2. The Pricing wars with Publishers. 
  3. NFB complaint that Kindles don’t work for blind students.
  4. EFF’s concerns over eReader privacy.
  5. Attacks on the lack of openness.
  6. Attacks on the DRM.
  7. Attacks on the share Amazon gets.
  8. The one user who got kicked out of their Kindle account.

A company that didn’t have as much consumer trust would not be able to handle even a few of these – let alone all of them.

The fact that Amazon came in 1st even after all these little flare-ups says a lot about just how much users trust it.

Customers’ trust in Amazon lets it do really big things

Consider the Kindle and the Kindle Store -

  1. Getting users to pay $259 for an eReader. 
  2. Telling users that Amazon is in it for 10 years and their investment in a Kindle is safe and users believing them.
  3. Getting users to trust their books and data are safe. 
  4. Getting users to trust Amazon over Publishers and Authors.  

There are just so many ways in which Amazon can think big and be aggressive thanks to customers’ trust in it.

You have to wonder how much bigger Amazon will think as customers’ trust in them grows.

Why are Amazon, Google interested in eReaders, eBooks?

TechCrunch had an interview with Steve Ballmer where Mr. Ballmer mentioned that because of Microsoft’s size and current profitability, the only thing that gets them interested in a business is when there is a Billion Dollar Business Opportunity.

We can make a pretty convincing argument that any time you see Amazon, Microsoft or Google jump into any business (no matter the stated reason) you can be pretty sure there’s a Billion Dollars a Year Revenue Stream in there somewhere.

For example, take Amazon’s initiative into Cloud Computing -

The Cloud Scaling Blog has an excellent article with an analysis that suggests Amazon is making $220 million a year off of its EC2 service (a part of its Cloud Computing Business).

This analysis, if even remotely correct, when coupled with the fact that Cloud Computing is exploding, would mean Cloud Computing is a multi-billion dollar business. It should then be no surprise that Microsoft and Google are also in the space. 

Anytime one or more of these Giants are in a space there’s a very good reason.

Why is the Billion Dollar Business Opportunity concept important for Books?

The presence of both Google and Amazon in Publishing means that, in their minds, billions of dollars of profit a year is waiting to be tapped.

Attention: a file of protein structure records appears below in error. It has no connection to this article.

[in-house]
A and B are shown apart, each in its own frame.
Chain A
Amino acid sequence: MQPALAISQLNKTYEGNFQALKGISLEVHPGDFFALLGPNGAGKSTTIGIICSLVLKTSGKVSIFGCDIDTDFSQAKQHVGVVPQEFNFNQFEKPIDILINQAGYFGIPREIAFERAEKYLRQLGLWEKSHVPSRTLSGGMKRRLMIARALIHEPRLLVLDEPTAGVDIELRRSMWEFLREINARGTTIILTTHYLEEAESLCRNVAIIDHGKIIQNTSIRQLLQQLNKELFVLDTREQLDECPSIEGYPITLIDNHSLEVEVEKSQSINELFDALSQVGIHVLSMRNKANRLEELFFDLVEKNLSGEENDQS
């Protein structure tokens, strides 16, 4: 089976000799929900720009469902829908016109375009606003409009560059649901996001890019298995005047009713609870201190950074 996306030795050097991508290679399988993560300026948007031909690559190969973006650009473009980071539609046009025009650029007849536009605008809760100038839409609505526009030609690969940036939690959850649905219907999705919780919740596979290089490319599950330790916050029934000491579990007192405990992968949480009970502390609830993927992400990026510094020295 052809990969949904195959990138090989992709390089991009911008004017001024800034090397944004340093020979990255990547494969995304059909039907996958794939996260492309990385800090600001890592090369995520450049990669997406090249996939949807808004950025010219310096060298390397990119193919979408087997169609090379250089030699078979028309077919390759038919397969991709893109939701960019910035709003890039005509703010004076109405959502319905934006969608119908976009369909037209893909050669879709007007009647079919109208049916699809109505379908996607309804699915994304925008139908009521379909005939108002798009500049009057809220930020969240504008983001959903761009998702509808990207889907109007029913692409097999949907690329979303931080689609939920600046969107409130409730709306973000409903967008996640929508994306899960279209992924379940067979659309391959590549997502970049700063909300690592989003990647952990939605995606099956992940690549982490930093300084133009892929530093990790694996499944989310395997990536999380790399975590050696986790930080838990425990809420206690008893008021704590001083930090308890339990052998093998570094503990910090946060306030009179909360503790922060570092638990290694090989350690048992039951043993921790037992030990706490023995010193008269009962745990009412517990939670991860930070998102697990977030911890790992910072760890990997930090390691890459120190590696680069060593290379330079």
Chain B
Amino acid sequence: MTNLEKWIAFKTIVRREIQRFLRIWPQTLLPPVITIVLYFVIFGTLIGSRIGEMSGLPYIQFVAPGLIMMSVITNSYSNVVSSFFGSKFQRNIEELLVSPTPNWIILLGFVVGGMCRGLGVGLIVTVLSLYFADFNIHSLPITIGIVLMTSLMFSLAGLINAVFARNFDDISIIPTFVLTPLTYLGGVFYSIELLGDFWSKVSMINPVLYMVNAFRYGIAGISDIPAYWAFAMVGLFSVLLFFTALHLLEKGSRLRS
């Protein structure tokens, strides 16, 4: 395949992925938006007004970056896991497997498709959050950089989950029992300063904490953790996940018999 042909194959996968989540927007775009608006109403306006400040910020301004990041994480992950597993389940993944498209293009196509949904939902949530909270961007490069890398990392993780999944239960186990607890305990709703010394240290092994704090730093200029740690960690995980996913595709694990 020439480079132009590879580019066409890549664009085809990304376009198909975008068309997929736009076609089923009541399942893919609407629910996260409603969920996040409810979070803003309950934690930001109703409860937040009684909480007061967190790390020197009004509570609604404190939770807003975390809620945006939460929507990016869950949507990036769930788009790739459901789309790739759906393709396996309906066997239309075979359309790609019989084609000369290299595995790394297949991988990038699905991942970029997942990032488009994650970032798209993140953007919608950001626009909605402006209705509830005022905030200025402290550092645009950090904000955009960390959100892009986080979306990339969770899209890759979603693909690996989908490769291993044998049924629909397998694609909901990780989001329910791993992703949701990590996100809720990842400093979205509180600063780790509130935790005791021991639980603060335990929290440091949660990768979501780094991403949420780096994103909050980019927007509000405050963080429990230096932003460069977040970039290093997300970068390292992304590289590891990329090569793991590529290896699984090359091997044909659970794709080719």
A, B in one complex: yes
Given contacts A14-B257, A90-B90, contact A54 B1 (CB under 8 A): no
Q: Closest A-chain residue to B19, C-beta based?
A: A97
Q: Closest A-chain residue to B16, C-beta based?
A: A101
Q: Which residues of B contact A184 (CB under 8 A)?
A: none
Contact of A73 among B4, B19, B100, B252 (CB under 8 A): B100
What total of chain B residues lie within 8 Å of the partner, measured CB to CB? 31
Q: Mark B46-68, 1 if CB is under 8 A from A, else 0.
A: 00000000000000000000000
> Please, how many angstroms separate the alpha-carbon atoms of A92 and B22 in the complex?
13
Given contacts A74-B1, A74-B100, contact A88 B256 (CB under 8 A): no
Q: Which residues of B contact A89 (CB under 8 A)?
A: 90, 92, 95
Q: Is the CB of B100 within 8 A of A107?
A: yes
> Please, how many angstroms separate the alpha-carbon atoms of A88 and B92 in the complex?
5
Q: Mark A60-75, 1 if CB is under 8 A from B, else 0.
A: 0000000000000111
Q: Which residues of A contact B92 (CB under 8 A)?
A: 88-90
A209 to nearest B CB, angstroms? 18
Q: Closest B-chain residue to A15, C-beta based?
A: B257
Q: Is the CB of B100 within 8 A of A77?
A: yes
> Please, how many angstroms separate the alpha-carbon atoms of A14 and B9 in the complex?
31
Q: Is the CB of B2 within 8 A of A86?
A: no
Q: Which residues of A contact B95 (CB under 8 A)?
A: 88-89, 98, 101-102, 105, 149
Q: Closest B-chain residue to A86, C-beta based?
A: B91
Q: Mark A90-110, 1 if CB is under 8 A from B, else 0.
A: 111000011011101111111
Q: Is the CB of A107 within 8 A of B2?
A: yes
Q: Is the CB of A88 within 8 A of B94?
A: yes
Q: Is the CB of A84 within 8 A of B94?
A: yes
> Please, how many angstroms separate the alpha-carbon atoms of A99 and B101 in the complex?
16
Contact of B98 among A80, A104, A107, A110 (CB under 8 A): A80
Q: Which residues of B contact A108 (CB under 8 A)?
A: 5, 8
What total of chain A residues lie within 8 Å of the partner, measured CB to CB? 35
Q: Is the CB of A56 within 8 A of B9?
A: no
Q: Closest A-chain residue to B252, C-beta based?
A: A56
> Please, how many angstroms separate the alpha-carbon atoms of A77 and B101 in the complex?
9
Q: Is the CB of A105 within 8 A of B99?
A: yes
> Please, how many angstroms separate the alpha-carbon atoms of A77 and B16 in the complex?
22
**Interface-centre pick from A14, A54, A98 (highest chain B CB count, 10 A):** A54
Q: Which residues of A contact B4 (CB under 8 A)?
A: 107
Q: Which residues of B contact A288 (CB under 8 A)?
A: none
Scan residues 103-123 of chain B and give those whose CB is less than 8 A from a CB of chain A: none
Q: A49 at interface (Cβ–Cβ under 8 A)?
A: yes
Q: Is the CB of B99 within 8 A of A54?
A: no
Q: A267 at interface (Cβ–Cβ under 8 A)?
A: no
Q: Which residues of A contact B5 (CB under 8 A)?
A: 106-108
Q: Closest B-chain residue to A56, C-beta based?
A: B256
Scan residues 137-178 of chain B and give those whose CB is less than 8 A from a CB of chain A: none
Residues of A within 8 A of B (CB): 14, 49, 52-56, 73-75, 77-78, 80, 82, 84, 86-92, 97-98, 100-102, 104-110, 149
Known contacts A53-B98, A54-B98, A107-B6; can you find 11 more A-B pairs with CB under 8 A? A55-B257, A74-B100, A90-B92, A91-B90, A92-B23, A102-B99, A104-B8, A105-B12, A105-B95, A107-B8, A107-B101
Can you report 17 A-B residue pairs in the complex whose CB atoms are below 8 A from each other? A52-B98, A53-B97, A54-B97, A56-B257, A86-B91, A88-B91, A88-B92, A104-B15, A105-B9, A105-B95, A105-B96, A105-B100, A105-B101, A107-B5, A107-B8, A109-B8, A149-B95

Let’s look at all the areas that Google and Amazon are touching -

  1. Newspapers and News in general. 
  2. Digitizing Books from Libraries and creating a Virtual Library.
  3. Orphan Works.
  4. Helping Independent Authors.
  5. Publishing Infrastructure.
  6. The Kindle.
  7. The Kindle Internationally.
  8. eBooks.

That’s 8 areas (at least, probably more) related to Publishing that two strong Technology and Internet companies see enough potential in to go after fully.

Consider the other things Google and Amazon could be focusing on i.e. mobile, search, software, nanotechnology, solar energy, etc. To be fair, they are. However, they are still taking away time to focus on Books.

Why would you divert resources away from opportunities as big as the next generation of technologies and the Internet to focus on Books and Newspapers?

Obviously, because you see a billion dollar business. Probably because you see a multi-billion dollar business.

Which leads to the Next Question

What exactly are the opportunities in these fields that Amazon and Google see?

On the one hand you have people claiming -

  1. There is no money in news any more.
  2. No one reads books these days.
  3. Content is worthless as so much is produced and given away.

At the same time two huge companies, with vast resources and limitless opportunities, see enough of an opportunity to pass on other areas to invest in books and content -

What do they see that we don’t?  

There are parts of the puzzle that we’re missing – parts that show the path to a very profitable books and newspaper industry. Amazon definitely sees the whole picture. Google sees enough to invest its resources. It seems like no one else does.